Baseball used to be called the National Pastime. Whether it qualifies for that accolade now is a good question.
My opinion is the level of excitement generated in the typical game of football is twice that of baseball. And that leads many to conclude that baseball is boring. It is not.
On the other hand, the baseball season is six months long and involves 162 games. Whew. The NFL’s regular season lasts from September to January and has only 16 games. That means baseball has ten games for every one football game.
Baseball is not boring. It’s quiet and relaxing much of the time, and downright exciting the rest of the time. (Reminds me of how an airline pilot described flying: hours of boredom punctuated by moments of sheer terror.)
My wife Margaret would accompany me to games, but not to watch. She did not understand or care for the game, but she would take along a novel she was reading. And she was a people-watcher. Meanwhile, I was totally into the game. And she was fine with that.
I played ball as a child and in the late 1940s listened to games on the radio from that West Virginia mountaintop. They sounded so exciting. I was to find out in time that the reason for this was the recorded background crowd noises which could be raised or lowered as needed.
I have attended games in Montreal’s Olympic stadium with the retractable roof, in Boston’s Fenway Park (built in 1912 the same year my Dad was born), in Atlanta, St. Louis, Arlington, Anaheim, and Cincinnati. I do love baseball.
These days, I no longer attend the games. It’s more relaxing and satisfying to sit in front of the television and watch the contest in high definition television. I pay enough per month to have funded two or three entire trips to the stadium in the old days, so it’s not cheap. But I love it.
I will talk to the game–to the players, the managers, the announcers (“please be quiet!” I’m thankful for the mute and closed captioning), and the umpires–while Bertha sits to my right crocheting afghans. It’s her thing and she finds it just as relaxing and far more rewarding than I do with the game.
“Baseball is almost a spiritual experience for me,” I tell Bertha. Almost. By that I mean, it’s refreshing, uplifting, and peaceful. No football or basketball game–especially that!–is peaceful. Those are hectic from the opening tip-off, kickoff, or faceoff (okay, hockey).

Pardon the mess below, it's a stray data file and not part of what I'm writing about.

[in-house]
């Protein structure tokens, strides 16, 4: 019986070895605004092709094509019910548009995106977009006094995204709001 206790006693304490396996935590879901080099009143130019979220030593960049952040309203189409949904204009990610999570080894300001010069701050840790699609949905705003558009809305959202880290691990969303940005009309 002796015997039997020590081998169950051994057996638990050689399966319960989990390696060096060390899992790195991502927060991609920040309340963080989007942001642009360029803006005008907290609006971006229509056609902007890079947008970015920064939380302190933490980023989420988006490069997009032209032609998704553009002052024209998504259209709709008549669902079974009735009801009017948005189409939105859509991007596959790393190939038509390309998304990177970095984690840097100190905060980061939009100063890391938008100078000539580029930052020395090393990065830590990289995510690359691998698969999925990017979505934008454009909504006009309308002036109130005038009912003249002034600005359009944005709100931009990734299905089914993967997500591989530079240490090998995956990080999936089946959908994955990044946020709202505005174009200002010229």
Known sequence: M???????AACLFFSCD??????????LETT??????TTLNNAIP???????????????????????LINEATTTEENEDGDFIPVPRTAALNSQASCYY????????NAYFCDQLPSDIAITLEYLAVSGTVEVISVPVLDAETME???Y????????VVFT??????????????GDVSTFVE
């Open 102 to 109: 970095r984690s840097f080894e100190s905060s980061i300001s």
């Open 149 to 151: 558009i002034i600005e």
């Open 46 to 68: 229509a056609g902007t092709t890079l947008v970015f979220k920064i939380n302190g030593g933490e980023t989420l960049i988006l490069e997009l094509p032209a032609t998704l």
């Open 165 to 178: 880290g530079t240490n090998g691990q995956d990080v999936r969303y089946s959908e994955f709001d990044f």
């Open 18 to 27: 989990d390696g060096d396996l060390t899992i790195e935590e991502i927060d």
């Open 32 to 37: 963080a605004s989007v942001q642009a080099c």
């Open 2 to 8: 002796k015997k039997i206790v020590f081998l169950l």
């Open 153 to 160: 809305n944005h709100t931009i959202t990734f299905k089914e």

- It’s a fun game.
- It’s easy to follow.
- It’s as complex as you want it to be. There must be a thousand statistics for any given game.
- You can see the players. In football, they’re hidden behind pads and helmet. In baseball, you see their faces.
- Everyone plays the game growing up. Not everyone played football or basketball as children, since they are so vigorous and dangerous.
- In major league ball, the season is so long that it rewards endurance, patience, perseverance.
- It’s about the team, although one individual can make a huge impact.
- The stadiums–I’m mainly speaking of the diamond and playing field–are just so gorgeous.
- The strategy is fun. Managers are always trying to outthink the other side. “If I bring in a left-handed pitcher, who will they have at the plate? Can I shift the outfield over? Do I need to put in a pinch runner? Is it time for a relief pitcher?”
- Baseball will occasionally have a perfect game–very rarely–but it is a game of averages. In a long season, the best team will lose a third of their games. A bad team will win a third of their games. In between is skill, talent, managing, strategy, and luck.
- It’s a quiet game. You don’t need a stadium announcer, and you sure as shootin’ don’t need all the chatter from the TV guys.
- Any player can do something heroic at any time. (Baseball, they say, is the only sport where the defense cannot score. Even so, the defense–those in the field–are having a great time out there in the open field, the sunshine, the interaction with their teammates. There’s almost nothing not to love.
I do love this game. I could go on with things I love about it.
You can meet friends there and have a great conversation while you are enjoying the game. My college roommate (best man in my 1962 wedding) Joel Davis lives in the Atlanta area. When our sons were young–he has Kenny and Keith and I have Neil and Marty, roughly the same ages–we would meet for a game and enjoy a reconnection. There is nothing better.